No matter how hard I try to forget, there I am too. I’m sitting in school without my pencil, no homework. My mother had had a fight with my stepfather. My grandmother had too many kids to care for and I had to help. My sister’d thrown a fit. I’d stayed up late doing my work because what else was there to do? I needed something to get my mind off the fighting. But, in the morning, sleep and chaos left my work at home.

I sat in class, reprimanded for not doing my work. It wouldn’t be the first or last time.

I remember that, my past, when I stay with my students organizing their folders. I remember that when I sit at lunch listening to their problems. I remember what it was like to be them when I give them the extra bag of chips I buy because I know one of them will be hungry for many reasons. Someone forgot to pack lunch. They just have no money. Or, maybe they just starve themselves. But if a teacher hands them a bag of Tostitos and everyone else is grabbing some, they might just take some too.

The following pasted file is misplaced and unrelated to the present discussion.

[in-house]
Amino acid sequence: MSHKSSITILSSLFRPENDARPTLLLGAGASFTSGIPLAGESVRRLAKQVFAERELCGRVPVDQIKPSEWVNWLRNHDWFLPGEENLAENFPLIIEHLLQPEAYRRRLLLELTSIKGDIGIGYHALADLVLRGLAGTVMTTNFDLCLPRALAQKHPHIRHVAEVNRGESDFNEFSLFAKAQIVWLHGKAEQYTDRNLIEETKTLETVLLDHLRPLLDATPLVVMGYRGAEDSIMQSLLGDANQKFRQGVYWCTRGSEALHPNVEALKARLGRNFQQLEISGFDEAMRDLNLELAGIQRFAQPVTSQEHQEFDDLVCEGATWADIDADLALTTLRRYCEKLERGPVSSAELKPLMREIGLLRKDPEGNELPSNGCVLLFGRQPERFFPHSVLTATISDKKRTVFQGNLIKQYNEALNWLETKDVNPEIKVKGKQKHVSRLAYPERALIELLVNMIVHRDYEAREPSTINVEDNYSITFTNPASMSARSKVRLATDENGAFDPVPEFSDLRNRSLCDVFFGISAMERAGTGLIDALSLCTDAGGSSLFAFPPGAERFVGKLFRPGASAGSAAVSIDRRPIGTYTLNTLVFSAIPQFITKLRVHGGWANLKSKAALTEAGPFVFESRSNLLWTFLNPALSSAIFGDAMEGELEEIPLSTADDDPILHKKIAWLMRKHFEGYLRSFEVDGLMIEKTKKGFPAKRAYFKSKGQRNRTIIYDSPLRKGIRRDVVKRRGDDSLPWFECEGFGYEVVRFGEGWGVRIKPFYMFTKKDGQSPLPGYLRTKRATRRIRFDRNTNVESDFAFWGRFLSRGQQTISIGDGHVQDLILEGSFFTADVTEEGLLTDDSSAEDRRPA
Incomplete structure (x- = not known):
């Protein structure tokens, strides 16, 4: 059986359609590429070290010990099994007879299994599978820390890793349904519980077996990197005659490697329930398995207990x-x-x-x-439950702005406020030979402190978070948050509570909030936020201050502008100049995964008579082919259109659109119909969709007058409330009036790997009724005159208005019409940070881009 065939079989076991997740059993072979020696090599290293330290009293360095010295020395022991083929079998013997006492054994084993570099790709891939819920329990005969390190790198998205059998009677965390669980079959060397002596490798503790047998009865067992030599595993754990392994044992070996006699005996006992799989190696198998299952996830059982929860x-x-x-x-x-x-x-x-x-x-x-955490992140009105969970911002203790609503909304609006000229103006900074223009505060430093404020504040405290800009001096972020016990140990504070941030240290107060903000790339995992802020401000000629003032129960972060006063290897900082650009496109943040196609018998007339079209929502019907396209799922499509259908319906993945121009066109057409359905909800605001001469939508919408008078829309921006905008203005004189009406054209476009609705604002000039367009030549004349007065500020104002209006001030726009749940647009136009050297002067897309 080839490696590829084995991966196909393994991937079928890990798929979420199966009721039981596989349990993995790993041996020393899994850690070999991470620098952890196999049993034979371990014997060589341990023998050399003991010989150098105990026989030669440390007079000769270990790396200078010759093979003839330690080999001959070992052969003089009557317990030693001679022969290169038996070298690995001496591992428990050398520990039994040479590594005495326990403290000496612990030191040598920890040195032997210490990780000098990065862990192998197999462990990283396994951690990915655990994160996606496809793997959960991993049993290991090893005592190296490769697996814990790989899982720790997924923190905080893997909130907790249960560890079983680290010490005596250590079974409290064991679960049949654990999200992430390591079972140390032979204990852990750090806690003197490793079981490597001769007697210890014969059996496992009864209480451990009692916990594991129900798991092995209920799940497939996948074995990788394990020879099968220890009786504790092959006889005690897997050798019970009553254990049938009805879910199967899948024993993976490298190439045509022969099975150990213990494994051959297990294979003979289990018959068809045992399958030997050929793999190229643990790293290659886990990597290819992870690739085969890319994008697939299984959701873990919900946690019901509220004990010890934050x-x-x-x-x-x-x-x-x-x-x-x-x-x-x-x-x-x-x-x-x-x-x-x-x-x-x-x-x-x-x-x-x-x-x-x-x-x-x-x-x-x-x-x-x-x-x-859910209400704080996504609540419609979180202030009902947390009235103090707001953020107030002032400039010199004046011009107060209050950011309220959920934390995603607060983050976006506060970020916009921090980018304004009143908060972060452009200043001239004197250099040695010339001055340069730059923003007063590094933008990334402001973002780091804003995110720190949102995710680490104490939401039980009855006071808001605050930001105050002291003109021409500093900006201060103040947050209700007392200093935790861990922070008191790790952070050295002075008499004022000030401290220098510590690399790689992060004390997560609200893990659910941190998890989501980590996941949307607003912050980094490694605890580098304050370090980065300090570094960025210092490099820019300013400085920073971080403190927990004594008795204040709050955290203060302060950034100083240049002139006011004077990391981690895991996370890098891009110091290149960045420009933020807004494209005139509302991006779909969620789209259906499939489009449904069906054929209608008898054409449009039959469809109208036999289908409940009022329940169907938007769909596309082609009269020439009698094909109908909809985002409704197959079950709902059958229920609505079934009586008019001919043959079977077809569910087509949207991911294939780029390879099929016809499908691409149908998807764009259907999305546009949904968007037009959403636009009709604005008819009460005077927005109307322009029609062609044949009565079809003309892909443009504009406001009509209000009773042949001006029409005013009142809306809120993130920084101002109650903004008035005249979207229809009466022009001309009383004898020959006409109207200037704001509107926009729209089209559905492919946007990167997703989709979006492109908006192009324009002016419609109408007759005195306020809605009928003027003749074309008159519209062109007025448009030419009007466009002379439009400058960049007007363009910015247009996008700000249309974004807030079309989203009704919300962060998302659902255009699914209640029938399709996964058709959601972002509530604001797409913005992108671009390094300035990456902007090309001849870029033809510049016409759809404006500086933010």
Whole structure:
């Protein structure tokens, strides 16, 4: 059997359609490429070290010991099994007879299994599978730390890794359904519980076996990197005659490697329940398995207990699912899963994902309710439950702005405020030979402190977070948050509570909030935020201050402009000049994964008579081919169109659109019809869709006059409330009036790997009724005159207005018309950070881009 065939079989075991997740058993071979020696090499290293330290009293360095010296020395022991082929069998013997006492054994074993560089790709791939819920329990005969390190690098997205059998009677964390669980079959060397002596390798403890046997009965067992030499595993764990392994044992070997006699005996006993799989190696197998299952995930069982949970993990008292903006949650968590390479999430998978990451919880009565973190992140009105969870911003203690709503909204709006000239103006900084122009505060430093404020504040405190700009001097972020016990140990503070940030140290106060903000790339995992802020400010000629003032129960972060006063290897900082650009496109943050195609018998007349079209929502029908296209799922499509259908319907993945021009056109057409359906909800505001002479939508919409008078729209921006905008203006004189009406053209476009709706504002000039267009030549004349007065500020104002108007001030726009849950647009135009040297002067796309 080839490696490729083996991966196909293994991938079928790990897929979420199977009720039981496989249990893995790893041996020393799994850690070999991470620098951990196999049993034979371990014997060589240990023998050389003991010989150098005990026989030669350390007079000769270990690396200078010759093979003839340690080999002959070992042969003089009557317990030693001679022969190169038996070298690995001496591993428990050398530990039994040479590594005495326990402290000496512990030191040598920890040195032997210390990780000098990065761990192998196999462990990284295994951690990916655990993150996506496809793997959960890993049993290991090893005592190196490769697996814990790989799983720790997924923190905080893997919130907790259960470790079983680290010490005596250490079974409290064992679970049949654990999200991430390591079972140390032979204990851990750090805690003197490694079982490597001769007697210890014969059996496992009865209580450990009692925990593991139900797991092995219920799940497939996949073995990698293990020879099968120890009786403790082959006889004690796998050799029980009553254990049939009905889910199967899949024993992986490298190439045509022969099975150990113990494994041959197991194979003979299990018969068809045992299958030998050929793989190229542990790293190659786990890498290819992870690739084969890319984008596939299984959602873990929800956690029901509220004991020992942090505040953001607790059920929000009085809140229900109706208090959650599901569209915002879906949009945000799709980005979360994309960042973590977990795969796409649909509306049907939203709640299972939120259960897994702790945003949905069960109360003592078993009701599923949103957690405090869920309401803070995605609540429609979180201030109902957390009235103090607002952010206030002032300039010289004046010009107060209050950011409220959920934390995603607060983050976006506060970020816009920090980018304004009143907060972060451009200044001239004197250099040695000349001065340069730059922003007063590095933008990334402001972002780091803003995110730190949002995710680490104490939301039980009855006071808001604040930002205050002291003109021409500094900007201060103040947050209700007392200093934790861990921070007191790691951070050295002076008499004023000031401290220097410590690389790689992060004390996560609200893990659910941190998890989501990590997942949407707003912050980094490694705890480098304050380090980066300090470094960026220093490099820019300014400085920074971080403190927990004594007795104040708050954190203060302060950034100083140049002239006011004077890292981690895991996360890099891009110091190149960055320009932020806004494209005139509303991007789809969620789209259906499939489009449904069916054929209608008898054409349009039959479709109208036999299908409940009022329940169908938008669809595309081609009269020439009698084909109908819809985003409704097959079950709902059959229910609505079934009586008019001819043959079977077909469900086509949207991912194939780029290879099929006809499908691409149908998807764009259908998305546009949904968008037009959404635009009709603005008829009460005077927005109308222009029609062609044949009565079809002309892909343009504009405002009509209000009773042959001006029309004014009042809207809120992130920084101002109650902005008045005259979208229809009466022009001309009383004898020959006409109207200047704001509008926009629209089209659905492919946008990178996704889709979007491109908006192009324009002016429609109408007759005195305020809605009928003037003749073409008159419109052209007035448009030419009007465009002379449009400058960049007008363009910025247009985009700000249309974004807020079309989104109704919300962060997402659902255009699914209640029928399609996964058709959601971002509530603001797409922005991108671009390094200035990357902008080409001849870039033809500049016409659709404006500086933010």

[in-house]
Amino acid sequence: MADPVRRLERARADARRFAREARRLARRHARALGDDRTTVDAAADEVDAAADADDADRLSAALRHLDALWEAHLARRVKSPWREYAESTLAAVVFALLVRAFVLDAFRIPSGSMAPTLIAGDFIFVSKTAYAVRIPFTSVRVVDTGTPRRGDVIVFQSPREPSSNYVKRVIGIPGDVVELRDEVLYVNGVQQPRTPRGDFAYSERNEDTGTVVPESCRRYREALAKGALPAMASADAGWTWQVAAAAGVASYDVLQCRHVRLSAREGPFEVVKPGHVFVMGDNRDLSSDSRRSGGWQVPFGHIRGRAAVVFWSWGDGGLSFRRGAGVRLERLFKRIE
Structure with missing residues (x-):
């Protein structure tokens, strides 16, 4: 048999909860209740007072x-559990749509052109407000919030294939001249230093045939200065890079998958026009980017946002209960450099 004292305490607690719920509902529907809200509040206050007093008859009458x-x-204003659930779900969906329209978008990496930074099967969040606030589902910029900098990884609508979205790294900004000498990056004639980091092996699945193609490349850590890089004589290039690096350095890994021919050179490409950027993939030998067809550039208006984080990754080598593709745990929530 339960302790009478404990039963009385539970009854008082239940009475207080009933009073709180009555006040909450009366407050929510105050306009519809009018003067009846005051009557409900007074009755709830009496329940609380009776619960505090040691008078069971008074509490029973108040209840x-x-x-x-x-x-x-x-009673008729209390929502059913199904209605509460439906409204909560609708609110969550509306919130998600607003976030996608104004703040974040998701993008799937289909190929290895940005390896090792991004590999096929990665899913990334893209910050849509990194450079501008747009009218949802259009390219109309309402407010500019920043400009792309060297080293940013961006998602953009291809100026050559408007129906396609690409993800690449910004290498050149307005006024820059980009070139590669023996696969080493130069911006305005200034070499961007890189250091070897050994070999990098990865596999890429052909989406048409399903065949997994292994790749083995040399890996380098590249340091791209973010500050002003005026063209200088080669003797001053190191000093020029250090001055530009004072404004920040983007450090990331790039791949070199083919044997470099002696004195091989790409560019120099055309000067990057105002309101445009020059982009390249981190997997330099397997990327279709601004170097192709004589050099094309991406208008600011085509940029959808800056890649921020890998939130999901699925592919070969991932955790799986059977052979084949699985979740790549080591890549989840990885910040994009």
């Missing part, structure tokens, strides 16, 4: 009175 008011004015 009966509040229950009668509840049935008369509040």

As adults, we get caught up in our problems and forget the kids who came with those problems. As adults, we forget the life we left behind. We forget what’s important in order to chase meaningless wants and desires.

Sometimes, as parents, we look at the social media and general consensus that education and agree knowingly. But, it doesn’t really matter when kids still go to school anyway. We love to justify our neglect, our smug lives, our rush forward. But, we shouldn’t.

How do I know? Well, I’m a middle school teacher. You should try it someday. You might learn something.

DP Challenge, Snapshots: Spears for Eyes